Ships hit by U-boats


City of Birmingham

American Steam passenger ship



Photo courtesy of SSHSA Collection, University of Baltimore Library

NameCity of Birmingham
Type:Steam passenger ship
Tonnage5,861 tons
Completed1923 - Newport News Shipbuilding & Dry Dock Co, Newport News VA 
OwnerOcean SS Co, Savannah GA 
HomeportSavannah 
Date of attack1 Jul 1942Nationality:      American
 
FateSunk by U-202 (Hans-Heinz Linder)
Position35° 10'N, 70° 53'W - Grid CA 9758
Complement381 (9 dead and 372 survivors).
Convoy
RouteNorfolk, Virginia - Bermuda 
Cargo2400 tons of general cargo 
History Completed in October 1923

On 5 May 1942, the City of Birmingham picked up 25 survivors from Empire Dryden, which had been sunk by U-572 (Hirsacker) about 240 miles northwest of Bermuda on 20 April, and landed them at Bermuda on 8 May. 
Notes on event

On 1 July 1942 the City of Birmingham (Master Lewis P. Borum) was en route to Bermuda at 11 knots about 250 miles east of Cape Hatteras, escorted by USS Stansbury (DMS 8) which took station a mile distant. At 01.27 hours, just after the escort ship had signaled by flags and blinkers for a change of course, two torpedoes from U-202 hit the City of Birmingham in quick succession on the port side and another was seen passing ahead of the ship. The first torpedo struck about 100 feet abaft the bow in the #1 hatch and the second under the bridge. The second hit caused all the sections in the forward part of the ship to flood. She quickly listed 45° to port and sank within five minutes. Most of the ten officers, 103 crewmen, five armed guards (the ship was armed with one 4in and two .30cal guns) and 263 passengers on board abandoned ship in an orderly fashion in five lifeboats, five rafts and seven floats. The armed guards left last and jumped into the water. The survivors were picked up by USS Stansbury within two hours after she had dropped depth charges to chase away the U-boat. Five crewmen, one stewardess and two passengers were lost and one of the crew later died on board the escort.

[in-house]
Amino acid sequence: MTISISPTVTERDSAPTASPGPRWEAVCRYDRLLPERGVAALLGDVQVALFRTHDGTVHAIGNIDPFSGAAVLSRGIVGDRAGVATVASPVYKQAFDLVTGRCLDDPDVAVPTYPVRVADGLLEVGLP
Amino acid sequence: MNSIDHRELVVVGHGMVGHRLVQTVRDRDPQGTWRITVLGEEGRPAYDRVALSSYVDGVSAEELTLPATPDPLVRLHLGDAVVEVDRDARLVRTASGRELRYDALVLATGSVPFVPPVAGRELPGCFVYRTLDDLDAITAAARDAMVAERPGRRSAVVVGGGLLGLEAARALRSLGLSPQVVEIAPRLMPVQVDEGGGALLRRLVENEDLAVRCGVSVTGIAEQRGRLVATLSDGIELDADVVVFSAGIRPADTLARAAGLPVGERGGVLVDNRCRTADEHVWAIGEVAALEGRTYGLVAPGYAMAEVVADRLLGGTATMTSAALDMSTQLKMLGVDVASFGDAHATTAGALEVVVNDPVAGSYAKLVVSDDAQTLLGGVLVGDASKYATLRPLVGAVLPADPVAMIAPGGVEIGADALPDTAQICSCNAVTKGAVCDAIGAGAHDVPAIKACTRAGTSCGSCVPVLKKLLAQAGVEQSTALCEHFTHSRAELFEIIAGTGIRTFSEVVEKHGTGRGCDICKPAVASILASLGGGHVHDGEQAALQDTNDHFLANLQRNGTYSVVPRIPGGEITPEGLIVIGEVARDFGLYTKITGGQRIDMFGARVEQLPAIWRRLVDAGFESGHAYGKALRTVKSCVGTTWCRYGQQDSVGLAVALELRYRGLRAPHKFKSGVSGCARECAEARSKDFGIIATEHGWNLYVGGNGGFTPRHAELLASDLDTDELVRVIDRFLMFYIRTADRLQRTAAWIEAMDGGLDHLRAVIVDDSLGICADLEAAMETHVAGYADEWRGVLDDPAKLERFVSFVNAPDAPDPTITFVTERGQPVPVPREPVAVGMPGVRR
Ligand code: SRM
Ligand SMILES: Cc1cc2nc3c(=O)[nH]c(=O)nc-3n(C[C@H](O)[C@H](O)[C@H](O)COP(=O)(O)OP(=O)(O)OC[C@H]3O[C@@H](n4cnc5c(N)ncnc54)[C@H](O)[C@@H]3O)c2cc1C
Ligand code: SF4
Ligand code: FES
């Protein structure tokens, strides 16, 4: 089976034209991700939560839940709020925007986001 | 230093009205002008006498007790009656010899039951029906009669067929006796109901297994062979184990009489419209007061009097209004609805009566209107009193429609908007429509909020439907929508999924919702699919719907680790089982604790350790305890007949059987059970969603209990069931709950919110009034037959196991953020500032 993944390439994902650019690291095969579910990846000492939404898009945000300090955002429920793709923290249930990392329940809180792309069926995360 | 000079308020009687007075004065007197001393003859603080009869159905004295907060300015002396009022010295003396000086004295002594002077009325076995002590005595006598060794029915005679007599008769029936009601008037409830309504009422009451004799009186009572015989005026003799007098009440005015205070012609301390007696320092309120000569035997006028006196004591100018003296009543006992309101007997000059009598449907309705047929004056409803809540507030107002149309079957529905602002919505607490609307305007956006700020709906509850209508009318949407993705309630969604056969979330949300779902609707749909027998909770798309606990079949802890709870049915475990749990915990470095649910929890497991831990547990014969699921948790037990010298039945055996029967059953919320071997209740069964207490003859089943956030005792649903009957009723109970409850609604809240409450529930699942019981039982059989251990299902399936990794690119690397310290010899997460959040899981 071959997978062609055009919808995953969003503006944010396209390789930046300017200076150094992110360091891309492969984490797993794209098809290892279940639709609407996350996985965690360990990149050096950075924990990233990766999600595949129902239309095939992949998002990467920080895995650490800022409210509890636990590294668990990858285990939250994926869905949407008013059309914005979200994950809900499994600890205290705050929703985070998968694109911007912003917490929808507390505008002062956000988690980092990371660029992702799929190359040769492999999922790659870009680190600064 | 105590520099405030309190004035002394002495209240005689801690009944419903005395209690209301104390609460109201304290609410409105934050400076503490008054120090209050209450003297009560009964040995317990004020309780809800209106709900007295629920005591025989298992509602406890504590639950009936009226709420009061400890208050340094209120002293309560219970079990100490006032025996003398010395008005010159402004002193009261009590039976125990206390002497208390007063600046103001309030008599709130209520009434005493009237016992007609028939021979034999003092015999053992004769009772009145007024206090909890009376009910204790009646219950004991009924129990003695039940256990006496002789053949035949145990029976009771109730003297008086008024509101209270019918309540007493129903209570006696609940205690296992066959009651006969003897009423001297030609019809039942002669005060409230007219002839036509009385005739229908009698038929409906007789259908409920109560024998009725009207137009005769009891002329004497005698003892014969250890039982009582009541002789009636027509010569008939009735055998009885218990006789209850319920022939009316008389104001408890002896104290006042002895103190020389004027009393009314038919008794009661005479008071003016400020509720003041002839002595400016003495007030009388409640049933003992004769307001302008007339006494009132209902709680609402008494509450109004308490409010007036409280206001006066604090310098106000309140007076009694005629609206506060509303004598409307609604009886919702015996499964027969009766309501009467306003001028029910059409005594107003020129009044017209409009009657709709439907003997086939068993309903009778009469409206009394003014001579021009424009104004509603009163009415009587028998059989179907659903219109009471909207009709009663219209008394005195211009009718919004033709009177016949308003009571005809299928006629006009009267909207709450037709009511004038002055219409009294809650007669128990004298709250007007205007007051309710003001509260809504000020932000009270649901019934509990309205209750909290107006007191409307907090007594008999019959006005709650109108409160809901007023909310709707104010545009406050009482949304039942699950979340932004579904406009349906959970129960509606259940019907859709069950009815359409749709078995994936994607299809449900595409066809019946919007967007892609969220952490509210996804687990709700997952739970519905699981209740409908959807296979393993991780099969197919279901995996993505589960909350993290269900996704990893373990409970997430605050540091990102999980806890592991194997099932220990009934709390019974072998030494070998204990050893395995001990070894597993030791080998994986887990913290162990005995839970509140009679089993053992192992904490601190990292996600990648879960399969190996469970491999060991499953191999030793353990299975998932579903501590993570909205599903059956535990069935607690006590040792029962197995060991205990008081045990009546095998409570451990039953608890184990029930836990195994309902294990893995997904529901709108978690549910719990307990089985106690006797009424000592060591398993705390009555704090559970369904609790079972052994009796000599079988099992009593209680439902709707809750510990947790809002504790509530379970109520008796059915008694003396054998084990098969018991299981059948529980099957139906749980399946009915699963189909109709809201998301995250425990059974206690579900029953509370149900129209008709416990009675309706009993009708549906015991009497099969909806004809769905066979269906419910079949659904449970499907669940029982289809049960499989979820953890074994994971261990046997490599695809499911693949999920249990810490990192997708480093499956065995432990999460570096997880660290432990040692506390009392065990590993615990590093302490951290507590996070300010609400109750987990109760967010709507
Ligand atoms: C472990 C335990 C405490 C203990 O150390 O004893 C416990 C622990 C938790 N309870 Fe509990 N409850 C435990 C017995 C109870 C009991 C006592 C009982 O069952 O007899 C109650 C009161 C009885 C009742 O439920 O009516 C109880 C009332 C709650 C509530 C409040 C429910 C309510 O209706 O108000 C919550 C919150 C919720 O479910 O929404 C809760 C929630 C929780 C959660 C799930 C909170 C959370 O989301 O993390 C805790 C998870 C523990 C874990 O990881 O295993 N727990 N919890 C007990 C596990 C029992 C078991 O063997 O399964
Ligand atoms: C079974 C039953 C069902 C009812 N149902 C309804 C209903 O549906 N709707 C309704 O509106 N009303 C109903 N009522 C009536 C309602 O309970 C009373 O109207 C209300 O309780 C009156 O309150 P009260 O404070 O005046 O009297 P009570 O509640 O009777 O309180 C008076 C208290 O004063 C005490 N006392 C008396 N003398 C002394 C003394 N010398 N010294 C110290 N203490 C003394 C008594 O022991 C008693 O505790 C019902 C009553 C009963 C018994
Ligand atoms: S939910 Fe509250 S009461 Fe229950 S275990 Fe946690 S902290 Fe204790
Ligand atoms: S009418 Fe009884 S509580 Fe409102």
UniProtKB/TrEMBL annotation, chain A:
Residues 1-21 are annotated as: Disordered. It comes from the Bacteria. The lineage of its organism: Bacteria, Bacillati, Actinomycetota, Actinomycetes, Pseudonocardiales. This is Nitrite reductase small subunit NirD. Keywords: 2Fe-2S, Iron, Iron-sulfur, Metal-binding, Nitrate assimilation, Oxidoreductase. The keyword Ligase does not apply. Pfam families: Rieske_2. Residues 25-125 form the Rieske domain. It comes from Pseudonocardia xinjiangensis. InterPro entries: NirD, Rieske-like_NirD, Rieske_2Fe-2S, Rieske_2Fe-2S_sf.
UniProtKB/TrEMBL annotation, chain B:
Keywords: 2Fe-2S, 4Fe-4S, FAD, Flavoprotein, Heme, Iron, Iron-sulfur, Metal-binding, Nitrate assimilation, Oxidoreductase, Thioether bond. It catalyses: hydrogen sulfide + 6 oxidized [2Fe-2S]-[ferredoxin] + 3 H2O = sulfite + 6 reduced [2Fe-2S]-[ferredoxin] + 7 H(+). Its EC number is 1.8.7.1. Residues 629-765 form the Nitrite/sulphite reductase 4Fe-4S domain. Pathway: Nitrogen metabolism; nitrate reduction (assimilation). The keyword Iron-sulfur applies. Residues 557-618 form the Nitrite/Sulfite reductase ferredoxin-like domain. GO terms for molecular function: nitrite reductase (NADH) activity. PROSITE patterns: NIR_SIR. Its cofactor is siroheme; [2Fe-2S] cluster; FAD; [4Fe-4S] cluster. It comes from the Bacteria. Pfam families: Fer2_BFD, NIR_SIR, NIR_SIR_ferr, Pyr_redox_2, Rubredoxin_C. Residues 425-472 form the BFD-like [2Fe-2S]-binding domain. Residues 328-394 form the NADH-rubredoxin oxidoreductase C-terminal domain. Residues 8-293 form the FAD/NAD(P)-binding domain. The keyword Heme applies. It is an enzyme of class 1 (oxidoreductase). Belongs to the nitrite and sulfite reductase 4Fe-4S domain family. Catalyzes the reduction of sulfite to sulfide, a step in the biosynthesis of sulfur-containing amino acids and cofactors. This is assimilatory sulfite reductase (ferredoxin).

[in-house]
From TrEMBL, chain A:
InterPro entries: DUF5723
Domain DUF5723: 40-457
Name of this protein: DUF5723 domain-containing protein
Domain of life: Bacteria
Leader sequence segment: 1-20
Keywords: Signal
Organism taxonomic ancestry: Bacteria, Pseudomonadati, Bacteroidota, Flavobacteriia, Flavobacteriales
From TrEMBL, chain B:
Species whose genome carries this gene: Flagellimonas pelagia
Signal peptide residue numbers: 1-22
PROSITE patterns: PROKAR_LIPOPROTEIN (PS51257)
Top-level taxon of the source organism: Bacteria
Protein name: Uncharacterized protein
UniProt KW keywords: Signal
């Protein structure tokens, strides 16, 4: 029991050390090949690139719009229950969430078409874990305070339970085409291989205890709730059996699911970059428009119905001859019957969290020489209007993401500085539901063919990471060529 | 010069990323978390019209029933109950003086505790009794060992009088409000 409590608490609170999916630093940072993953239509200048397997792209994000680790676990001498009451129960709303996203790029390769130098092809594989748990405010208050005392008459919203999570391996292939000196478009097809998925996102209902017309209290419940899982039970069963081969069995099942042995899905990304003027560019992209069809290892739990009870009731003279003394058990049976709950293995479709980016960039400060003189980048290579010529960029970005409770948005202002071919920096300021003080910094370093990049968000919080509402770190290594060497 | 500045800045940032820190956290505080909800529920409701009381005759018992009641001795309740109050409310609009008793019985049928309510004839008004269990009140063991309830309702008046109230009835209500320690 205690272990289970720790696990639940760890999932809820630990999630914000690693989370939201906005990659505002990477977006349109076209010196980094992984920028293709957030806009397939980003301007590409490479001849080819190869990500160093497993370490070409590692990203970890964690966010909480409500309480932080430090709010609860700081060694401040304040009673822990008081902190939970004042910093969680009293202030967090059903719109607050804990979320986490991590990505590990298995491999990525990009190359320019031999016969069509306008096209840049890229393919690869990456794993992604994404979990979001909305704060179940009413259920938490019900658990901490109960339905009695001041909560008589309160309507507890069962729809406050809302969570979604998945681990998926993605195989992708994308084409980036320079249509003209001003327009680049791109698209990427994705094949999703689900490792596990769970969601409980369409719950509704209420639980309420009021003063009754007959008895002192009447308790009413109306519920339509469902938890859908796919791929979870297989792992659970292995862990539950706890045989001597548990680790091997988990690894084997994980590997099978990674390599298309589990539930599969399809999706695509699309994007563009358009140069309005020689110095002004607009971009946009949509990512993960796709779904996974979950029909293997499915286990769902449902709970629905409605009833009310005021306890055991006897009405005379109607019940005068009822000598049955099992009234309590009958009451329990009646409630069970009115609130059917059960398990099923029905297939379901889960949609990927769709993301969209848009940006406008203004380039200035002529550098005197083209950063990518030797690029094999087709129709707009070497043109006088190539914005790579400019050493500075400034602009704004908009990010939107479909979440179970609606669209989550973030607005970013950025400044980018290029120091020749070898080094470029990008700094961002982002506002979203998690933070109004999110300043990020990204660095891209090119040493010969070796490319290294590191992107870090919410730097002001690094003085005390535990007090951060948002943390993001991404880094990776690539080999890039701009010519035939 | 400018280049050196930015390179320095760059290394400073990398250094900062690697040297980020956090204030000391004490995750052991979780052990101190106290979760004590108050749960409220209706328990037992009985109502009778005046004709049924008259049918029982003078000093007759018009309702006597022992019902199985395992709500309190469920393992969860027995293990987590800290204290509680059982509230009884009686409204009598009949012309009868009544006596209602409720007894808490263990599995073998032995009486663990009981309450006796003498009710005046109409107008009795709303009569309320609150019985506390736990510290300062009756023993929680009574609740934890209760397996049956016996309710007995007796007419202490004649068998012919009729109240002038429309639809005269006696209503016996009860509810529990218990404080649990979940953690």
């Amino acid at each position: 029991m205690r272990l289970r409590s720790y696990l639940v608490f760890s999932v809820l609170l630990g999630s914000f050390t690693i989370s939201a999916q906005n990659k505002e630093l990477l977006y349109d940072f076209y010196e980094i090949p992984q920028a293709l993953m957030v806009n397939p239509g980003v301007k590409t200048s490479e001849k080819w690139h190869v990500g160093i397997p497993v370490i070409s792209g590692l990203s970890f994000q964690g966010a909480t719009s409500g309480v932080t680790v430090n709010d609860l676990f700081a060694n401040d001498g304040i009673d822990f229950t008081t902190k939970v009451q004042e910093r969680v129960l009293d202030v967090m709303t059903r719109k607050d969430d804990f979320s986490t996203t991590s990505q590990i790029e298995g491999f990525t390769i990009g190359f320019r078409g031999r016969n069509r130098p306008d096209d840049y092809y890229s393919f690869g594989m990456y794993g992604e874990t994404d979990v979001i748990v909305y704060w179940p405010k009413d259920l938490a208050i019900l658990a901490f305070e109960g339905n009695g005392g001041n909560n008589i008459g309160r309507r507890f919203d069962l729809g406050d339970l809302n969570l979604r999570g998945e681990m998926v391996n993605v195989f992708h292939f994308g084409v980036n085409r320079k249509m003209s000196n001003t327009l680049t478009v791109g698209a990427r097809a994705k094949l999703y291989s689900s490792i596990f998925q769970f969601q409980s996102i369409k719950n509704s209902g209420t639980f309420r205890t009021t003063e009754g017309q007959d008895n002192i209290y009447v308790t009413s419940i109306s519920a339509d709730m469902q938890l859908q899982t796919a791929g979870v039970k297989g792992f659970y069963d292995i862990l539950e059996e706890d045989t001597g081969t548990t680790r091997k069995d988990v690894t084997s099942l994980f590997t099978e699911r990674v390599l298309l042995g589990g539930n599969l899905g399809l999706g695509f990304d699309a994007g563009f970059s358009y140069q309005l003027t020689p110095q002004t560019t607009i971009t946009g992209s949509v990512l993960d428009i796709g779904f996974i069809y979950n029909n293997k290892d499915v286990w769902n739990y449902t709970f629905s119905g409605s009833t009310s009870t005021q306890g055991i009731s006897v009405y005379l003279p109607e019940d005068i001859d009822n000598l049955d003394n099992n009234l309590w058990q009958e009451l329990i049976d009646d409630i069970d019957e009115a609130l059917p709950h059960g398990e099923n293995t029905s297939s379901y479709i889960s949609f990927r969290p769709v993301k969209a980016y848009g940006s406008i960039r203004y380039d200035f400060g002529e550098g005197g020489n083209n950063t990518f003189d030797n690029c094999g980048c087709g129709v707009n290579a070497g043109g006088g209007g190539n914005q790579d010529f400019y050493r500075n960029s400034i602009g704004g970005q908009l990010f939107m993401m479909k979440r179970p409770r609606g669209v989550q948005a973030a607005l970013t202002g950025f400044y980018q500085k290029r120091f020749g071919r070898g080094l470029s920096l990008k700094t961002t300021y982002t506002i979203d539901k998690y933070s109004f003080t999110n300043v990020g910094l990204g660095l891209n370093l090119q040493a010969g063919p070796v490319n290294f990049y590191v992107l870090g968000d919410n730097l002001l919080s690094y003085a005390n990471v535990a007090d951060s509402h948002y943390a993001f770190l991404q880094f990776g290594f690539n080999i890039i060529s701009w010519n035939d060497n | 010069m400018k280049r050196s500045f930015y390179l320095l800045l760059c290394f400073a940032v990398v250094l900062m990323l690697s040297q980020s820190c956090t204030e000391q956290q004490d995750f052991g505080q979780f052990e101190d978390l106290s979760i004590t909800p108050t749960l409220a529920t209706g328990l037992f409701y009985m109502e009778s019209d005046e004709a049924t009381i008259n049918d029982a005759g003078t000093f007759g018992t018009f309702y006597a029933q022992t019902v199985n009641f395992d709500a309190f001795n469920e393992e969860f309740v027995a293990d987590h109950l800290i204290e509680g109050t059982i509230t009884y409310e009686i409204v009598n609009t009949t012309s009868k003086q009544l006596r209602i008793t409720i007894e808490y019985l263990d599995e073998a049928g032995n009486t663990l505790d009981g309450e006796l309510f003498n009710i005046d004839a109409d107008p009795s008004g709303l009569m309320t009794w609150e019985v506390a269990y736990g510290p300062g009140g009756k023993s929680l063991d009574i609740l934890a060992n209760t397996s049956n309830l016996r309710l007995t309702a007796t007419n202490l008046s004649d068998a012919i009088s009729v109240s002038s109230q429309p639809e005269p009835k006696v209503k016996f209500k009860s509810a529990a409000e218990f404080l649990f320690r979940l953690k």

During the First World War, Lewis P. Borum was master of the City of Memphis, which was torpedoed and sunk by UC-66 (Pustkuchen) south of Fastnet on 17 March 1917.

 
On boardWe have details of 9 people who were on board

Location of attack on City of Birmingham.

ship sunk.


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